To say that I loved Marie Sexton and Heidi Cullinan’s “new” book, “Second Hand,” is an understatement. I love both of these authors own their own, and together they are 24 karat gold. Oh, I needed this book. And from the first chapter, it was like slipping on a pair of comfortable house shoes. Warm and relaxing and oh, so familiar. But not familiar as in, “Oh, I’ve read that a million times,” but in that delightful way these two authors have in creating characters and spinning their tales.
BLURB: A Tucker Springs Novel
Paul Hannon flunked out of vet school. His fiancée left him. He can barely afford his rent, and he hates his house. About the only things he has left are a pantry full of his ex’s kitchen gadgets and a lot of emotional baggage. He could really use a win—and that’s when he meets El.
Pawnbroker El Rozal is a cynic. His own family’s dysfunction has taught him that love and relationships lead to misery. Despite that belief, he keeps making up excuses to see Paul again. Paul, who doesn’t seem to realize that he’s talented and kind and worthy. Paul, who’s not over his ex-fiancée and is probably straight anyway. Paul, who’s so blind to El’s growing attraction, even asking him out on dates doesn’t seem to tip him off.
El may not do relationships, but something has to give. If he wants to keep Paul, he’ll have to convince him he’s worthy of love—and he’ll have to admit that attachment might not be so bad after all.
MY REVIEW: Paul Hannon hasn’t had much good luck of late. He works for a vet because Continue reading
A lonely and confused older man hires a young male sex worker named Johnny to be his first sexual experience with another man, and the intimate evening they share forces both men to confront difficult truths they’ve been trying to outrun….
When I watched Johnny, I thought I was seeing a movie about the older man (who calls himself “Sam”), played very well by Tony Abatemarco (he’s had a number of small parts in films and series like, Sleeping With the Enemy, Moonlighting and How to Get Away With Murder). But after seeing it, I became aware that this sad little film is about both men equally, and their coming to terms with the fact that they are gay. Brandon Crowder is a delightful surprise—his acting is noteworthy and he is quite talented. I want to see him again (he is also the director and producer).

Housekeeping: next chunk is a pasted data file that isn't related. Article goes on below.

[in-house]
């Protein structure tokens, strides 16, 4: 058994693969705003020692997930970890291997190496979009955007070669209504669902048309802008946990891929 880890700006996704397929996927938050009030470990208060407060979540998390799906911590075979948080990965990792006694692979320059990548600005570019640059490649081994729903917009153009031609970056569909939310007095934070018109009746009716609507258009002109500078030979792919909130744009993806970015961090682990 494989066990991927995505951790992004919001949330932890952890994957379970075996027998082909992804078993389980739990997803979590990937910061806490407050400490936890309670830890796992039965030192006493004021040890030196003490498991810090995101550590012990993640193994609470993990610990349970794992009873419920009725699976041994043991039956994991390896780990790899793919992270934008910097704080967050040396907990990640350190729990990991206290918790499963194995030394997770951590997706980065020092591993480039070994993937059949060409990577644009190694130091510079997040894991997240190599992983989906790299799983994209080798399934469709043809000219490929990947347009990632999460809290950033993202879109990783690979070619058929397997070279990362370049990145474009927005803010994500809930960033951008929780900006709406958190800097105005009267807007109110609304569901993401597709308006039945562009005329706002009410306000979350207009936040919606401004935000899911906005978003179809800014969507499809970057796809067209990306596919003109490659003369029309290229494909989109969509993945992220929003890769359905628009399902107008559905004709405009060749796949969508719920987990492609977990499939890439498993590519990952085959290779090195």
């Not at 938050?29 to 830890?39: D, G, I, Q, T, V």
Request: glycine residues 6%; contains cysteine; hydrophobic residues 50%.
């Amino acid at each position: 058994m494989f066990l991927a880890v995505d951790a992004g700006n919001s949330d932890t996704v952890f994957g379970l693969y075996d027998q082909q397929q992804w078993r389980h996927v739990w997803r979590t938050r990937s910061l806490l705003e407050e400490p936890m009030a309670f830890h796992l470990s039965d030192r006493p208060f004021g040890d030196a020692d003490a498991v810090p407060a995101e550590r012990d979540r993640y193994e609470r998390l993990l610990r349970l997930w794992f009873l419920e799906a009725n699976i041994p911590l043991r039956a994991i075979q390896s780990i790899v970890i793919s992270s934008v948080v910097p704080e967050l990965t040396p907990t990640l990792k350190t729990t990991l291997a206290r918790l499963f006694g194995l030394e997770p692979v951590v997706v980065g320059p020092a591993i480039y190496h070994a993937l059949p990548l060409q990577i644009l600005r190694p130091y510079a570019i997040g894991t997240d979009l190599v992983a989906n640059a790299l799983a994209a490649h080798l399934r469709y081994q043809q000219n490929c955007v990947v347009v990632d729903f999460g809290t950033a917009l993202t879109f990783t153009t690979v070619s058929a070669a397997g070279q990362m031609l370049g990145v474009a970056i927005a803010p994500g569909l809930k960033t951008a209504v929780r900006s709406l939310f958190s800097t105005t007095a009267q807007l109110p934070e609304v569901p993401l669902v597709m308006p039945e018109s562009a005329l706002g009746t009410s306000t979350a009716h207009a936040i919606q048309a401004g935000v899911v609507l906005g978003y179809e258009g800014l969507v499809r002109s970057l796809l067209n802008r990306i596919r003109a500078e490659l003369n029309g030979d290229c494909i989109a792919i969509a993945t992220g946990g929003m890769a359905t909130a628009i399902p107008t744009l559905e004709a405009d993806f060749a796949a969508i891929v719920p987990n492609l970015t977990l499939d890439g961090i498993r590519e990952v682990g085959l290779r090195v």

And while Johnny doesn’t have a happily ever after ending, the single evening it shows us has had a deep effect on the two of them. While it is not romance per se, it is worth watching at only nineteen minutes. There is a ton of story revealed in such a very short time and we learn, with few words, a lot about these men—they are very real. I was quite engaged in their lives.
And it is worth watching for surprisingly good acting for such a short, low-budget film. What it proves to me is that you don’t need millions of dollars to make a high-quality little project and that there is just no excuse for the horrible acting, film and sound quality, and more that I see in so many gay movies.
If you want to take the chance, I highly recommend it. So what if they don’t run off into the sunset (in this case, sunrise?)? You will be left thinking and wondering about what happens next for Johnny and Sam. And wishing them all the best.
Brandon Crowder … Johnny
Tony Abatemarco … Sam
Nikita Kochnev … Young Johnny
Luca Alexander … David
Devon O’Kane … Sex Worker 1
Donzell Lewis … Sex Worker 2
So l saw the new Jurassic Park movie Thursday night and… I…. Well I liked it. It was good. It was exciting. It had all the amazing, gorgeous special effects of a JP franchise movie. It had the amazing gorgeous Chris Pratt and Bryce Dallas Howard. It had all those moments that make you jump, squeal, and sit on the edge of your seat. But…. For me it was missing something. And I can’t quite put my finger on it.
It is kind of like how the second Jurassic Park movie was really good, but not nearly as good as the first one. Same thing happened here.
It is like the people who made Jurassic World: Fallen Kingdom didn’t know what was so great about Jurassic World, and in the case of the sequel just tried for something, anything, whatever. They put in dinosaurs and the two great characters…but they got this new movie wrong. It didn’t feel like a labor of love, like the first one felt to me. It almost felt like “let’s see if we can make as much money as the first one!” The characters were not very well developed this time. Kind of cardboard. I didn’t believe in them as much as I did in Jurassic World. I saw Claire Dearing (Bryce Dallas Howard’s character) change and grow in the first Jurassic World movie but not in this one. Saw her change from a person who saw the dinosaurs as assets into believing they were real, living animals. This time she just mostly filled up space. I did not believe that she was making the lives and rights of the dinosaurs her life’s mission. Continue reading